Genre: Crime, Drama

Actor: Agustín Almodóvar, Alberto Ferreiro, Daniel Giménez Cacho, Fele Martínez, Francisco Boira, Francisco Maestre, Gael García Bernal, Javier Cámara, José María Yázpik, Juan Fernandez, Leonor Watling, Lluís Homar, Nacho Perez, Pau Poch, Petra Martínez, Pol Monen, Raul Garcia Forneiro, Sara Montiel

Director: Pedro Almodóvar

Rating: NC-17

Like a Wes Anderson movie, The Last Black Man in San Francisco takes artistic risks and nails every one of them. There are many quirky, aesthetically well-studied, and even funny aspects to this moving story.

Jimmie has been maintaining a typical San Francisco Victorian house, regularly painting the windows and watering the plants. One small problem: other people live there and they don’t want him around. It turns out this was once Jimmie’s family house, having been built by his grandfather in 1948, and he misses it deeply.

This story is based on writer Jimmie Fails’ life, as he tried to reclaim his family home in SF. However, it’s not a movie that limits itself to gentrification. It transcends that to being about the universal yearning to find a place to call home.

Genre: Drama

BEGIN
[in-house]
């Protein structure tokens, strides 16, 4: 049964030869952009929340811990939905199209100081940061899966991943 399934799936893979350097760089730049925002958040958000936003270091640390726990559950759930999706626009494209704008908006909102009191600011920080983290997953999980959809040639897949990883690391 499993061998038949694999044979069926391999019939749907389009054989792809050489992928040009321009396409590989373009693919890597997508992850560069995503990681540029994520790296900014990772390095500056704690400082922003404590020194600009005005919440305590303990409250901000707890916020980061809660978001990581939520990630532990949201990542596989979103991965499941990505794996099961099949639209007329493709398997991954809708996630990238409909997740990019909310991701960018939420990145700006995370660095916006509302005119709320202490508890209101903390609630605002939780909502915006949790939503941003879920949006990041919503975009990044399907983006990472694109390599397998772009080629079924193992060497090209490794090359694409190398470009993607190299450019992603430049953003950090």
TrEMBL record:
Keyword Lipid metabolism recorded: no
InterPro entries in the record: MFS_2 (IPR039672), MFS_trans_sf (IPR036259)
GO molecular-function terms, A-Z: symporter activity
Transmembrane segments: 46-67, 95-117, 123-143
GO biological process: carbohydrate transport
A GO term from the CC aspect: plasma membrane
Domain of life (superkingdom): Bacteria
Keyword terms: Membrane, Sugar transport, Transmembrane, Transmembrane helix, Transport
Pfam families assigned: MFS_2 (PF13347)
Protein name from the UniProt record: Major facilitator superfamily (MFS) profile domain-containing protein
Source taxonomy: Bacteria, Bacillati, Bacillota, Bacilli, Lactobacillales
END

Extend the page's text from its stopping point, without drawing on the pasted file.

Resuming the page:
Actor: Andy Roy, Daewon Song, Danny Glover, Finn Wittrock, Isiain Lalime, Jamal Trulove, Jello Biafra, Jimmie Fails, John Ozuna, Jonathan Majors, Mari Kearney, Mike Epps, Rob Morgan, Thora Birch, Tichina Arnold, Tonya Glanz, Warren Keith

Director: Joe Talbot

Rating: R

, 2022

It’s a bold move, centering a drama around a creature as docile as a donkey, but EO pulls it off without ever leaning on the crutch of CGI. Instead, the film makes ingenious use of a hundred-year-old film technique: the Kuleshov effect. By splicing the image of the titular donkey’s placid, expressionless face against visual stimulus, the illusion of a genuine reaction is produced.

But don’t be mistaken: this is no twee Disney-esque tale of anthropomorphism. Inspired by the classic Au Hasard Balthasar, EO tracks the haphazard journey of a former circus donkey across Europe — one that is often depicted in surreal psychedelic reds instead of idyllic picture-book tones, and punctured by more horrors than joys (though we do, thankfully, get to see him munch away on some well-deserved carrot treats). EO’s docility frames him as a kind of holy innocent, making the cruelty meted out to him feel all the more like a grave violation of something sacrosanct. Seeing the world through his oft-neglected perspective also makes this a movie about humans by proxy — a fresh, empathetic approach that, even in its obvious dramatic liberties, makes us meditate on both the depth of experience that may be unfolding in our animal neighbors and our role in shaping it.

Genre: Drama

Actor: Isabelle Huppert, Kateřina Holánová, Lolita Chammah, Lorenzo Zurzolo, Mateusz Kościukiewicz, Sandra Drzymalska, Tomasz Organek, Waldemar Barwiński

Director: Jerzy Skolimowski

Rating: NR